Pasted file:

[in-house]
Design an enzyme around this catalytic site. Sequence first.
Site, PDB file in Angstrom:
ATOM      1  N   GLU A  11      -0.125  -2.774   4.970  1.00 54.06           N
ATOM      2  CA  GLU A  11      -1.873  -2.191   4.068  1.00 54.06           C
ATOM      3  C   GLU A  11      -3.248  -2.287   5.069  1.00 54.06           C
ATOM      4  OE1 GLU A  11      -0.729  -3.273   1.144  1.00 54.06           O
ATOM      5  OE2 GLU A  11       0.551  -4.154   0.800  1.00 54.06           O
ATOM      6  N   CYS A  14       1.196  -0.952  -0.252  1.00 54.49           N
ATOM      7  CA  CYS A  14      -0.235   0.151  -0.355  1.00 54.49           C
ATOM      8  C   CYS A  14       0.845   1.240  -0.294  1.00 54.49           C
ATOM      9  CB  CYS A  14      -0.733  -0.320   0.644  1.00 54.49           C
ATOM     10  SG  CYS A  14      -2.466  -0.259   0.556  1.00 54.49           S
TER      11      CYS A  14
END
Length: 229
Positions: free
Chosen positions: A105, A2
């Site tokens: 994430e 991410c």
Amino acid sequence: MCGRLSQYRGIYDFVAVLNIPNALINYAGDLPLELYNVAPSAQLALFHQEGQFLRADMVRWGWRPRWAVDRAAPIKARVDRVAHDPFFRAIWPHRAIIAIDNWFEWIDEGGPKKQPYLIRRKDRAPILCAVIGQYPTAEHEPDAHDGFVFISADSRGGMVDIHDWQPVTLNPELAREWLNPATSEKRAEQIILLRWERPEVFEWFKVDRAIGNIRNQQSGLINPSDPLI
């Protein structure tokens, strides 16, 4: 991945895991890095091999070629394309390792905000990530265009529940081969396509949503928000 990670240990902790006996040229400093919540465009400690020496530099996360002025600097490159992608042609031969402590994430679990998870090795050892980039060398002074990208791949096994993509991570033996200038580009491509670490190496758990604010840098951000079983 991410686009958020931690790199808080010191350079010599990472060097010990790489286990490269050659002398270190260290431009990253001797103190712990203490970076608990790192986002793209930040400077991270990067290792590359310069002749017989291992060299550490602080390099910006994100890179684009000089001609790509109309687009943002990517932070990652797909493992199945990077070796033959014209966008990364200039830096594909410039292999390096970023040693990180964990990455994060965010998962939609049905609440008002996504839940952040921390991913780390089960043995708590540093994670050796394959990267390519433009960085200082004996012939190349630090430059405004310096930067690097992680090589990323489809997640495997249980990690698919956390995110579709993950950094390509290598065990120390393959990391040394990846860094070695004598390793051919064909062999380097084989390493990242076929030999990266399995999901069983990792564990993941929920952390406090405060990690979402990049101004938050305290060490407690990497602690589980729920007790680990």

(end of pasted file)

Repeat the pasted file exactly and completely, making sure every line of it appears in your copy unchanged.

[in-house]
Design an enzyme around this catalytic site. Sequence first.
Site, PDB file in Angstrom:
ATOM      1  N   GLU A  11      -0.125  -2.774   4.970  1.00 54.06           N
ATOM      2  CA  GLU A  11      -1.873  -2.191   4.068  1.00 54.06           C
ATOM      3  C   GLU A  11      -3.248  -2.287   5.069  1.00 54.06           C
ATOM      4  OE1 GLU A  11      -0.729  -3.273   1.144  1.00 54.06           O
ATOM      5  OE2 GLU A  11       0.551  -4.154   0.800  1.00 54.06           O
ATOM      6  N   CYS A  14       1.196  -0.952  -0.252  1.00 54.49           N
ATOM      7  CA  CYS A  14      -0.235   0.151  -0.355  1.00 54.49           C
ATOM      8  C   CYS A  14       0.845   1.240  -0.294  1.00 54.49           C
ATOM      9  CB  CYS A  14      -0.733  -0.320   0.644  1.00 54.49           C
ATOM     10  SG  CYS A  14      -2.466  -0.259   0.556  1.00 54.49           S
TER      11      CYS A  14
END
Length: 229
Positions: free
Chosen positions: A105, A2
């Site tokens: 994430e 991410c």
Amino acid sequence: MCGRLSQYRGIYDFVAVLNIPNALINYAGDLPLELYNVAPSAQLALFHQEGQFLRADMVRWGWRPRWAVDRAAPIKARVDRVAHDPFFRAIWPHRAIIAIDNWFEWIDEGGPKKQPYLIRRKDRAPILCAVIGQYPTAEHEPDAHDGFVFISADSRGGMVDIHDWQPVTLNPELAREWLNPATSEKRAEQIILLRWERPEVFEWFKVDRAIGNIRNQQSGLINPSDPLI
């Protein structure tokens, strides 16, 4: 991945895991890095091999070629394309390792905000990530265009529940081969396509949503928000 990670240990902790006996040229400093919540465009400690020496530099996360002025600097490159992608042609031969402590994430679990998870090795050892980039060398002074990208791949096994993509991570033996200038580009491509670490190496758990604010840098951000079983 991410686009958020931690790199808080010191350079010599990472060097010990790489286990490269050659002398270190260290431009990253001797103190712990203490970076608990790192986002793209930040400077991270990067290792590359310069002749017989291992060299550490602080390099910006994100890179684009000089001609790509109309687009943002990517932070990652797909493992199945990077070796033959014209966008990364200039830096594909410039292999390096970023040693990180964990990455994060965010998962939609049905609440008002996504839940952040921390991913780390089960043995708590540093994670050796394959990267390519433009960085200082004996012939190349630090430059405004310096930067690097992680090589990323489809997640495997249980990690698919956390995110579709993950950094390509290598065990120390393959990391040394990846860094070695004598390793051919064909062999380097084989390493990242076929030999990266399995999901069983990792564990993941929920952390406090405060990690979402990049101004938050305290060490407690990497602690589980729920007790680990």